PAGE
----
FIG. 4 is a cross section through any one of booms 20, 21 and 25 (as illustrated in FIGS. 6 and 7). The description which follows relates to an embodiment such as that of FIG. 7 but is equally applicable to an embodiment such as that of FIG. 6. A boom 25 of circular cross section has openings 28 and 26 to accommodate a filling neck 27 and adaptor 29 respectively. A number of adaptors 29 are employed to accommodate a plurality of wicks 2, one or more filling necks can be used to suit various requirements. The adaptor 29 has flanges 30, 31 to seal opening 26 and screw thread 32 which corresponds with screw thread 15 of moulded end 14. The moulded end 14 which carries wick 2 and supply tube 9 is as described in FIG. 3. The filling neck 27 is secured in opening 28 by welds 33 and has a screw thread 34 to take one end of a protective cover (not shown) for the supply tubes 9.
In the embodiment of FIG. 4, it is convenient to supply liquid 10 from the reservoir (not shown) by a main supply tube (not shown) of larger diameter than supply tubes 9, to a sub-reservoir which supplies tubes 9.
FIG. 5 illustrates a further preferred embodiment as an alternative to FIG. 4 and which is adaptable to the applicators of FIGS. 6, 7 and 8. A boom 25 of circular cross section has openings 28 and 26 to accommodate filling neck 27 and grommet 37. As with the embodiment of FIG. 4, a number of grommets 37 are employed to hold a plurality of wicks 2 and one or more filling necks 27 can be used. A pipe 36 is affixed concentric within the boom 25 to reduce the volume of liquid 10 held within the boom. Filling neck 27 is secured by welds 33 and has screw thread 34 for securing a protective cover (not shown) for supply tubes 9 as described in FIG. 4. The supply tube 9 is secured within filling neck 27 by membrane 8 and grommet 37 so that the boom 25 functions as a pressure chamber such as is described with reference to FIGS. 2 and 3.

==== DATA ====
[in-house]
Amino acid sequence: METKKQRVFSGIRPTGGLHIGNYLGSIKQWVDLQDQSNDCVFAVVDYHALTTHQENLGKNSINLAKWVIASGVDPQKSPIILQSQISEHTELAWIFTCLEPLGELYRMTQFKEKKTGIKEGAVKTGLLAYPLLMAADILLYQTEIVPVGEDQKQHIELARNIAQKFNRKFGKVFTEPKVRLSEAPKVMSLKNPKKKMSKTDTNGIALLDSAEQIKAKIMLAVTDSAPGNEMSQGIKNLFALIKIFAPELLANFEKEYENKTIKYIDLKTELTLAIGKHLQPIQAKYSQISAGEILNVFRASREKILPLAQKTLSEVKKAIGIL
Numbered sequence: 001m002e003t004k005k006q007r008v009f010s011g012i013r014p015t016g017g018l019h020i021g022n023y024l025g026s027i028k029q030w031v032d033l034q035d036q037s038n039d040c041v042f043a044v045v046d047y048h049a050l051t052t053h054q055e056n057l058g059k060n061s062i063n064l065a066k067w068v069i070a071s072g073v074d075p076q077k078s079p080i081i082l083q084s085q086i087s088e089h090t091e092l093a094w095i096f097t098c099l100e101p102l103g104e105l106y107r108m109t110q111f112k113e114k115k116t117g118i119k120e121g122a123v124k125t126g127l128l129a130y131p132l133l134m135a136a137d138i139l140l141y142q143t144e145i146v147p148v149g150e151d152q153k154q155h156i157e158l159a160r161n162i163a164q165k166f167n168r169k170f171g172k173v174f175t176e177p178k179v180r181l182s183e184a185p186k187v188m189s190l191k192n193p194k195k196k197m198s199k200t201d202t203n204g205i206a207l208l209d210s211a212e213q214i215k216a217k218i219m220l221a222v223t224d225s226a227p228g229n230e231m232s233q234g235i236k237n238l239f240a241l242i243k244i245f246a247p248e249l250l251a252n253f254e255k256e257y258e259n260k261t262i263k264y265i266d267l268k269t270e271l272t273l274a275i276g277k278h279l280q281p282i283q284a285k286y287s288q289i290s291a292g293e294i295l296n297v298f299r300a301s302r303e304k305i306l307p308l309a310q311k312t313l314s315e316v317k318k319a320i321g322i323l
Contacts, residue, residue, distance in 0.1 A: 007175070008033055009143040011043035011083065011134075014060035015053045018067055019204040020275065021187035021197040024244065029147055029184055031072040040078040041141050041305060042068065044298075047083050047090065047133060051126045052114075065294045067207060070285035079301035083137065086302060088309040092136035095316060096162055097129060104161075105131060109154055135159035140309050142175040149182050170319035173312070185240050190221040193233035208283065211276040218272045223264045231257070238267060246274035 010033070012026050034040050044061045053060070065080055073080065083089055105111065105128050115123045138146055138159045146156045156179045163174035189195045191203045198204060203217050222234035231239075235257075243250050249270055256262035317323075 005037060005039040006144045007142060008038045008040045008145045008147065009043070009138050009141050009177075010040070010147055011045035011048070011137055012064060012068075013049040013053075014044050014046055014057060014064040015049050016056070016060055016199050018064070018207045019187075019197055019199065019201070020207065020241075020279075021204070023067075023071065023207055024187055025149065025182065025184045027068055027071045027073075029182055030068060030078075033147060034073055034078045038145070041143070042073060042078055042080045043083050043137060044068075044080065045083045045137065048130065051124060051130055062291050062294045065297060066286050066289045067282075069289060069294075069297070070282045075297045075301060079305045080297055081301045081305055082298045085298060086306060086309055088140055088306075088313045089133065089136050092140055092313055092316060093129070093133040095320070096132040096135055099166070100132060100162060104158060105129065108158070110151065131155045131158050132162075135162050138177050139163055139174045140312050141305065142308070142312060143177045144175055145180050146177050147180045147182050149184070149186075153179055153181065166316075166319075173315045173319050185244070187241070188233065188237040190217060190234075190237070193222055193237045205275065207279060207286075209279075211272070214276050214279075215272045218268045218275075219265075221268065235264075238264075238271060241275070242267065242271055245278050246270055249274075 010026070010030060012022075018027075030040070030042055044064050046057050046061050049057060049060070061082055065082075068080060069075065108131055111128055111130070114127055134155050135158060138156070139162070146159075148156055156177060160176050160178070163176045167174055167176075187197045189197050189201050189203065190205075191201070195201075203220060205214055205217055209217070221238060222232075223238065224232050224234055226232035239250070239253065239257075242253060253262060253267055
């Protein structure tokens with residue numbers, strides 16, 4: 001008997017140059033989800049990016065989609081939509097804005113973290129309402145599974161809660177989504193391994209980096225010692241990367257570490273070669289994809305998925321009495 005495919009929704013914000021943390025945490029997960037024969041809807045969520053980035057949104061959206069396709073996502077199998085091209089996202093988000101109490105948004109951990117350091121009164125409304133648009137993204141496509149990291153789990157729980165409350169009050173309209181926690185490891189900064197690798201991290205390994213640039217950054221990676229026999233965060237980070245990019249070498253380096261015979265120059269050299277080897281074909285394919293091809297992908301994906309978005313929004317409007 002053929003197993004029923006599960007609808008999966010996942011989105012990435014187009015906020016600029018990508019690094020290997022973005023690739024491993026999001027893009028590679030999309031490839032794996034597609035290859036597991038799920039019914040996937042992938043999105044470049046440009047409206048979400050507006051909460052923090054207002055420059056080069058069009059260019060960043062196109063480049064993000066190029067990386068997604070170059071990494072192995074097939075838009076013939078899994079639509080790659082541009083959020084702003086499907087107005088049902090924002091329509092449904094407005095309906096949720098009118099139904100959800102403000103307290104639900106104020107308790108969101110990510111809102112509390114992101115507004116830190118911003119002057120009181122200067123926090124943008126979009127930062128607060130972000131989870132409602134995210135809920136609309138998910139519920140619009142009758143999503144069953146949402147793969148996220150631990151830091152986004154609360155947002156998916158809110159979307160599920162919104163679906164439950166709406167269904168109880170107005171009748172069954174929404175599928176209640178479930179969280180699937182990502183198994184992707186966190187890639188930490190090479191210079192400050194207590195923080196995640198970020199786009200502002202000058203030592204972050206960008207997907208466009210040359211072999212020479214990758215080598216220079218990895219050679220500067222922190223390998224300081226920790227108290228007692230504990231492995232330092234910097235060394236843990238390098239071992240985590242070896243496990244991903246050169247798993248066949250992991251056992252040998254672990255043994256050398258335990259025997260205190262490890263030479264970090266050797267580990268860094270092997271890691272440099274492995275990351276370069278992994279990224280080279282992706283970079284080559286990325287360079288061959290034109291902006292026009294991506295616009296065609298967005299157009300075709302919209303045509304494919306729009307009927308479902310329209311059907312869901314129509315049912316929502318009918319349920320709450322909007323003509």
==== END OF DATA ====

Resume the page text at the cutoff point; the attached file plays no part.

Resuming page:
It should be noted that the embodiment of FIG. 5 tends to be cheaper to construct than that of FIG. 4. This is due to the use of a single supply line and a single pressure chamber.
FIG. 6 shows a double boom rope-wick applicator 18 having a frame 19, front boom 20 and rear boom 21. A series of generally parallel rope-wicks 2 are secured between the booms 20, 21, preferably at an angle 22 of between 30° and 60° to each boom. This ensures that the wicks 2 wipe along the weeds for longer contact time than with the embodiment of FIG. 7. Each boom 20, 21 has two end caps 23. The wicks 2 may be affixed and supplied with liquid as hereinbefore described in relation to FIGS. 4 and 5.
A single boom rope-wick applicator 24 is shown in FIG. 7. The boom 25 is provided with a series of wicks 2 parallel to the axis of the boom and emanating from openings 26. The boom 25 has end caps 23 and filling neck 27. The wicks 2 are affixed and supplied with liquid as described hereinbefore in FIGS. 4 and 5.
FIG. 8 illustrates a preferred agricultural embodiment of the present invention. The boom 25 is as described in FIG. 5 including filling neck 27, wicks 2, concentric pipe 36 and supply tube 9 and also has a pressure sensor 38. The boom 25 is mounted through a pivoted bar 39 and hydraulic lift assembly 40 on the frame 41 of a tractor (not shown).